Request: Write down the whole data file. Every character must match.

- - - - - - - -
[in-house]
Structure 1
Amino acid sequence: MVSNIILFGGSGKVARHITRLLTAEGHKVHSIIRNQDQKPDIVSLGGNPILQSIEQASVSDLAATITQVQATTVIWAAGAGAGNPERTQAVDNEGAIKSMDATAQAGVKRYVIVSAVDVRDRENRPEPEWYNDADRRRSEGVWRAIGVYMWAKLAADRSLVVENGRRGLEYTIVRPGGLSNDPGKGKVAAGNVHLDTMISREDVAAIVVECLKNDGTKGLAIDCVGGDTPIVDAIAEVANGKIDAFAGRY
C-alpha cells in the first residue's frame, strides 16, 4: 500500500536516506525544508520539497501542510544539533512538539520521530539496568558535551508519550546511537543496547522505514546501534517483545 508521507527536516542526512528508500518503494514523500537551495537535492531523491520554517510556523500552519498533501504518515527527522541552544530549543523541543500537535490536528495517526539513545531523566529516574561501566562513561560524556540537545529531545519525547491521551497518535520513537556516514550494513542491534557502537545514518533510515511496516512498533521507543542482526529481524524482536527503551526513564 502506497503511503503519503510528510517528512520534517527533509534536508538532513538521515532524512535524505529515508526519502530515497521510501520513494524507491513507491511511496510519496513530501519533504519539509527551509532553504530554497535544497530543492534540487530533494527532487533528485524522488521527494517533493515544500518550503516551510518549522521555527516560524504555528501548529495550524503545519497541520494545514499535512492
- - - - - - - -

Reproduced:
[in-house]
Structure 1
Amino acid sequence: MVSNIILFGGSGKVARHITRLLTAEGHKVHSIIRNQDQKPDIVSLGGNPILQSIEQASVSDLAATITQVQATTVIWAAGAGAGNPERTQAVDNEGAIKSMDATAQAGVKRYVIVSAVDVRDRENRPEPEWYNDADRRRSEGVWRAIGVYMWAKLAADRSLVVENGRRGLEYTIVRPGGLSNDPGKGKVAAGNVHLDTMISREDVAAIVVECLKNDGTKGLAIDCVGGDTPIVDAIAEVANGKIDAFAGRY
C-alpha cells in the first residue's frame, strides 16, 4: 500500500536516506525544508520539497501542510544539533512538539520521530539496568558535551508519550546511537543496547522505514546501534517483545 508521507527536516542526512528508500518503494514523500537551495537535492531523491520554517510556523500552519498533501504518515527527522541552544530549543523541543500537535490536528495517526539513545531523566529516574561501566562513561560524556540537545529531545519525547491521551497518535520513537556516514550494513542491534557502537545514518533510515511496516512498533521507543542482526529481524524482536527503551526513564 502506497503511503503519503510528510517528512520534517527533509534536508538532513538521515532524512535524505529515508526519502530515497521510501520513494524507491513507491511511496510519496513530501519533504519539509527551509532553504530554497535544497530543492534540487530533494527532487533528485524522488521527494517533493515544500518550503516551510518549522521555527516560524504555528501548529495550524503545519497541520494545514499535512492